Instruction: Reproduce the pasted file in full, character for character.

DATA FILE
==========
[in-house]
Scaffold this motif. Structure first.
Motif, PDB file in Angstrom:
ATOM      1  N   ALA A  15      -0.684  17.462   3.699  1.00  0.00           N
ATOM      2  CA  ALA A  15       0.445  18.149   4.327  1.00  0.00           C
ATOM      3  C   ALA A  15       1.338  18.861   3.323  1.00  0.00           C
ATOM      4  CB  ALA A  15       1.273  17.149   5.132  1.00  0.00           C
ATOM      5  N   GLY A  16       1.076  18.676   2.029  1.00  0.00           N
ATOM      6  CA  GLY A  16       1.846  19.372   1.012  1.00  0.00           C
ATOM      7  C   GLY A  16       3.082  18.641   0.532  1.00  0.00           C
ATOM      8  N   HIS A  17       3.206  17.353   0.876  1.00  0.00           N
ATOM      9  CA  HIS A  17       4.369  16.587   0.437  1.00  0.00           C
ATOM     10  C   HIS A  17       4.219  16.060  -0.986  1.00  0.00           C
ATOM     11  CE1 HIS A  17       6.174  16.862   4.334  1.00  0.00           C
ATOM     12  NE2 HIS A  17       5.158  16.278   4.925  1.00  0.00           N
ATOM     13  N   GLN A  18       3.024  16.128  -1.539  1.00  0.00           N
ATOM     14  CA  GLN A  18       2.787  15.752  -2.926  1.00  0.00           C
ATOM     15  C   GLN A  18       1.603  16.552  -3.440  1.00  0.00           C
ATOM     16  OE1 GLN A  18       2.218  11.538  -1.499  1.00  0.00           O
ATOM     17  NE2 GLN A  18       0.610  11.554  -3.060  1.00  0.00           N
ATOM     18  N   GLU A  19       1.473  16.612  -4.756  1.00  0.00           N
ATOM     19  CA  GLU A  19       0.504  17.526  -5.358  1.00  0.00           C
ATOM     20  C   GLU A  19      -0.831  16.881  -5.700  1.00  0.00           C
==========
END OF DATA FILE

[in-house]
Scaffold this motif. Structure first.
Motif, PDB file in Angstrom:
ATOM      1  N   ALA A  15      -0.684  17.462   3.699  1.00  0.00           N
ATOM      2  CA  ALA A  15       0.445  18.149   4.327  1.00  0.00           C
ATOM      3  C   ALA A  15       1.338  18.861   3.323  1.00  0.00           C
ATOM      4  CB  ALA A  15       1.273  17.149   5.132  1.00  0.00           C
ATOM      5  N   GLY A  16       1.076  18.676   2.029  1.00  0.00           N
ATOM      6  CA  GLY A  16       1.846  19.372   1.012  1.00  0.00           C
ATOM      7  C   GLY A  16       3.082  18.641   0.532  1.00  0.00           C
ATOM      8  N   HIS A  17       3.206  17.353   0.876  1.00  0.00           N
ATOM      9  CA  HIS A  17       4.369  16.587   0.437  1.00  0.00           C
ATOM     10  C   HIS A  17       4.219  16.060  -0.986  1.00  0.00           C
ATOM     11  CE1 HIS A  17       6.174  16.862   4.334  1.00  0.00           C
ATOM     12  NE2 HIS A  17       5.158  16.278   4.925  1.00  0.00           N
ATOM     13  N   GLN A  18       3.024  16.128  -1.539  1.00  0.00           N
ATOM     14  CA  GLN A  18       2.787  15.752  -2.926  1.00  0.00           C
ATOM     15  C   GLN A  18       1.603  16.552  -3.440  1.00  0.00           C
ATOM     16  OE1 GLN A  18       2.218  11.538  -1.499  1.00  0.00           O
ATOM     17  NE2 GLN A  18       0.610  11.554  -3.060  1.00  0.00           N
ATOM     18  N   GLU A  19       1.473  16.612  -4.756  1.00  0.00           N
ATOM     19  CA  GLU A  19       0.504  17.526  -5.358  1.00  0.00           C
ATOM     20  C   GLU A  19      -0.831  16.881  -5.700  1.00  0.00           C